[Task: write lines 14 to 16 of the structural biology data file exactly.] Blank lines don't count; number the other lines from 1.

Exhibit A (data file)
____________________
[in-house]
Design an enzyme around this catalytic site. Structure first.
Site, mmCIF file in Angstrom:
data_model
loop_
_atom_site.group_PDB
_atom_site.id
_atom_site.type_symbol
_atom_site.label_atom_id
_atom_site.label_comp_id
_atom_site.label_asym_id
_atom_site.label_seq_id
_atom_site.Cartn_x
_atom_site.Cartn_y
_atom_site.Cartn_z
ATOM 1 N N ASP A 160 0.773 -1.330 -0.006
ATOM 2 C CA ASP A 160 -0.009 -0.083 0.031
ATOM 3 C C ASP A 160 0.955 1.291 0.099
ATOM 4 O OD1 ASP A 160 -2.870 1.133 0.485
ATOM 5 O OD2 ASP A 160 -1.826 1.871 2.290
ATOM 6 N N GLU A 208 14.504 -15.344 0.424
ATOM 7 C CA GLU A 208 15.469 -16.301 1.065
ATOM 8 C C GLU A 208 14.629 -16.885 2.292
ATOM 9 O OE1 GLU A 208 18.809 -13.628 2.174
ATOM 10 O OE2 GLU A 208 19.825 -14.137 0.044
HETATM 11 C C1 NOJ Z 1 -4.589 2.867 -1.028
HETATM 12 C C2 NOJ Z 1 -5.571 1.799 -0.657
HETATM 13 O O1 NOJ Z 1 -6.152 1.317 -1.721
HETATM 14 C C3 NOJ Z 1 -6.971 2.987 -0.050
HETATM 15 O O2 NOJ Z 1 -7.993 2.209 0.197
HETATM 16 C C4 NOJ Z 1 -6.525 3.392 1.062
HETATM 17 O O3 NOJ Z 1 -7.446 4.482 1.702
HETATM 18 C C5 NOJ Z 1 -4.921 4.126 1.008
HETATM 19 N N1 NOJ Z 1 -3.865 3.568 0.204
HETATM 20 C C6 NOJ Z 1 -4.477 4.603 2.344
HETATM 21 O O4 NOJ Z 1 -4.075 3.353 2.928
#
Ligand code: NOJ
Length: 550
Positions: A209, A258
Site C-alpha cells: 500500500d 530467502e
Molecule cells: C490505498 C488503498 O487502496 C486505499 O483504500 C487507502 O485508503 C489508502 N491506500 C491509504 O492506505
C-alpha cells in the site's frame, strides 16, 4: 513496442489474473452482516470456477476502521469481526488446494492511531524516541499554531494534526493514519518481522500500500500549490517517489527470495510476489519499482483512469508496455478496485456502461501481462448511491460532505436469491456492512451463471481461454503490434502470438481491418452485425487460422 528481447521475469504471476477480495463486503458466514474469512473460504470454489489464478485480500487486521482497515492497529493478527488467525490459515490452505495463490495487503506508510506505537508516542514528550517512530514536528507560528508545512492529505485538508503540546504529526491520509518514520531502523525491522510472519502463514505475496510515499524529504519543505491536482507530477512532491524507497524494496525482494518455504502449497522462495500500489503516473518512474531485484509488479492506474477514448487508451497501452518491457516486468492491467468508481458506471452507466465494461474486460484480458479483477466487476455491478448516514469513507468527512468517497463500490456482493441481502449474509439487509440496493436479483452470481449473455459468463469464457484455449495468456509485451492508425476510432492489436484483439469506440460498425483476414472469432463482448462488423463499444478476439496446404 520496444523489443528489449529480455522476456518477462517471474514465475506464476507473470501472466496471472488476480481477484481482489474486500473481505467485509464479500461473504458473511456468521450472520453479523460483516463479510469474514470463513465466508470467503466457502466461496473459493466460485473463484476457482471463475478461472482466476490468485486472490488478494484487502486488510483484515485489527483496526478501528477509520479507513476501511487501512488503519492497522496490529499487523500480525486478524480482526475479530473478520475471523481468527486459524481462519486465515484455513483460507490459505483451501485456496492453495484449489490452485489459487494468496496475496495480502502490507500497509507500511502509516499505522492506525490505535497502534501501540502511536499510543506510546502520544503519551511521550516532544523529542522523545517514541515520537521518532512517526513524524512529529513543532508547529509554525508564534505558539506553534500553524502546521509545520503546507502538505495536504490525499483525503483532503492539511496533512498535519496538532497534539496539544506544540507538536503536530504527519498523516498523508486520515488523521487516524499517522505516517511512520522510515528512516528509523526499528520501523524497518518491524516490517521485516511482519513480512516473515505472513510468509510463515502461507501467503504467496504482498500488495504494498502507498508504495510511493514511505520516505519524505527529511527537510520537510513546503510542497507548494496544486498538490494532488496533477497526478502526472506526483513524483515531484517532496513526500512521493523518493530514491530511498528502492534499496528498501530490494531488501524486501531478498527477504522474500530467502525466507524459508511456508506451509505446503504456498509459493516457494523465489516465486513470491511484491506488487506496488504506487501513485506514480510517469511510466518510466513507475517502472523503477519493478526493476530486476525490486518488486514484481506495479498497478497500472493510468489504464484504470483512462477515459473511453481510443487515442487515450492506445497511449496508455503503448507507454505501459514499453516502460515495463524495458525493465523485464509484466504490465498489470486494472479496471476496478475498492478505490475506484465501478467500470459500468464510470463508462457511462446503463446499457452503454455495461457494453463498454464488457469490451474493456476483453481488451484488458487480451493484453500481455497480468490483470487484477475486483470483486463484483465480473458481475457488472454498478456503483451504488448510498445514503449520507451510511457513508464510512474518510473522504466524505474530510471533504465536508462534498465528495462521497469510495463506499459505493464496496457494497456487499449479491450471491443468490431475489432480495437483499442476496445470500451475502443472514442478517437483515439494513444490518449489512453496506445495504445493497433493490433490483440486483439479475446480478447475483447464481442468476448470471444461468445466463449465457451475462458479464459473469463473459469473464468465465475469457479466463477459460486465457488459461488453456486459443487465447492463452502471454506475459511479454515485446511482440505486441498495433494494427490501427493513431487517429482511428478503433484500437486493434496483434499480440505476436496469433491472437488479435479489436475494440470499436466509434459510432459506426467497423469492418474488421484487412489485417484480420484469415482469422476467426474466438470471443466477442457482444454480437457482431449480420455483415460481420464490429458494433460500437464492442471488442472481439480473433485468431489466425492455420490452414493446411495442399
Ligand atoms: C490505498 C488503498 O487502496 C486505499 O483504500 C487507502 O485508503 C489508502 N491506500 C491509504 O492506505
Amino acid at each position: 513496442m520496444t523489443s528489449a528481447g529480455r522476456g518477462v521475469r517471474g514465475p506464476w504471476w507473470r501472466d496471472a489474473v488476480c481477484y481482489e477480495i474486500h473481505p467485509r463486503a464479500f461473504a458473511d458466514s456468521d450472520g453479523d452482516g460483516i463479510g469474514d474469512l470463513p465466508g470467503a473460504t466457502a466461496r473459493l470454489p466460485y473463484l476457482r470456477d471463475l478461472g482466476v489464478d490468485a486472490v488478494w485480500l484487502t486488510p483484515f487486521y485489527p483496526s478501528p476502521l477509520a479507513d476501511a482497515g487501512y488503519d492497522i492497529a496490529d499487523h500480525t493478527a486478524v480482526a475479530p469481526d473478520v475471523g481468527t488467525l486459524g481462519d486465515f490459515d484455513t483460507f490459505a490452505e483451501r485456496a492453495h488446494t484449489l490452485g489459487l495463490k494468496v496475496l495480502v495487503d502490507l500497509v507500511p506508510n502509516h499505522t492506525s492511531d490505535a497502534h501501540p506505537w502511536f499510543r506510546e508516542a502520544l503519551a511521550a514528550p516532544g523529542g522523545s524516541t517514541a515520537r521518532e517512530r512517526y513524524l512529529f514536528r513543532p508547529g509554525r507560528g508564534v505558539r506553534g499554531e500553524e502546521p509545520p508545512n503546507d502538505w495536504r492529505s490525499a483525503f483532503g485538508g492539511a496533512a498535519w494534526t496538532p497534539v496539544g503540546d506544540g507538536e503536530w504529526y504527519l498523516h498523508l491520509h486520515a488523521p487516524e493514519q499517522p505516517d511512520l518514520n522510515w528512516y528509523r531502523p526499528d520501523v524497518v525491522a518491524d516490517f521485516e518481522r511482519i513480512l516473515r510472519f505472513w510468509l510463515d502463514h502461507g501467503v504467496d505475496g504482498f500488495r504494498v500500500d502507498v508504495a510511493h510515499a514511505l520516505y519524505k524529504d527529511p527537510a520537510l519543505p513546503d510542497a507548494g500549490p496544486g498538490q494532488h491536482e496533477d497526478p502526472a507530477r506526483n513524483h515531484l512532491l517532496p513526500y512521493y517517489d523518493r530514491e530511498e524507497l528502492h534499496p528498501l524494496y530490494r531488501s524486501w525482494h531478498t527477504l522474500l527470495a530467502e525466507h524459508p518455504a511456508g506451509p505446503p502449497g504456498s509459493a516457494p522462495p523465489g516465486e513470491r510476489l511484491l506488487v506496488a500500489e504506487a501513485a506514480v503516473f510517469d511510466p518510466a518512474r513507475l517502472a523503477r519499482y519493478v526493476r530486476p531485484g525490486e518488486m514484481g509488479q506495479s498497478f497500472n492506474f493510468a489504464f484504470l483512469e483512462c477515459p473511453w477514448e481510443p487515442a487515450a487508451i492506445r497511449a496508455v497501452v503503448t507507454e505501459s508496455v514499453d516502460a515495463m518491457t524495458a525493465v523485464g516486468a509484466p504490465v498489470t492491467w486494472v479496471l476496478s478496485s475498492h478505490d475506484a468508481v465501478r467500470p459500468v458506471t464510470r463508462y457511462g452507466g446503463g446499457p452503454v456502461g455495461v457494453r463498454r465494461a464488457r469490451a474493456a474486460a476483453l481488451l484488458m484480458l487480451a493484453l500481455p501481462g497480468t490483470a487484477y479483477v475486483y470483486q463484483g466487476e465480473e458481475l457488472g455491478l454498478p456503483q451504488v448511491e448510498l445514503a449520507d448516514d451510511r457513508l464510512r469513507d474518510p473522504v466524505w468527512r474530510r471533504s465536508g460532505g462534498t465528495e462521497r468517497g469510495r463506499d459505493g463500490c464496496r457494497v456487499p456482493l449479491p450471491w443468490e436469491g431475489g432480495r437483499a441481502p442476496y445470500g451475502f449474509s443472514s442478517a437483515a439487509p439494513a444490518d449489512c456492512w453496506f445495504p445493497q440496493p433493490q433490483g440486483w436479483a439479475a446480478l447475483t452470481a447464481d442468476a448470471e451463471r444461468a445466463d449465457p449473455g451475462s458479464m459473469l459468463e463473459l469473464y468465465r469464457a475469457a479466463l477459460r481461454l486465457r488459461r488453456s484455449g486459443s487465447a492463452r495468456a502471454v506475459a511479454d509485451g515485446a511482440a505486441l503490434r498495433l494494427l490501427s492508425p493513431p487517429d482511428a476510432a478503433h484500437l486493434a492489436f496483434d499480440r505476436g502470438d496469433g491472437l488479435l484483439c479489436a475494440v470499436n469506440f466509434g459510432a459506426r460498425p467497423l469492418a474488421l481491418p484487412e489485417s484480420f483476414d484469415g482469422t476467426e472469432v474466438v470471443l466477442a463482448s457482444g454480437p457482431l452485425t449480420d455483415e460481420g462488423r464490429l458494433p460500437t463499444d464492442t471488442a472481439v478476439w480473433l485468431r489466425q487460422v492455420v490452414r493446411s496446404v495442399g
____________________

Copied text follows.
_atom_site.Cartn_y
_atom_site.Cartn_z
ATOM 1 N N ASP A 160 0.773 -1.330 -0.006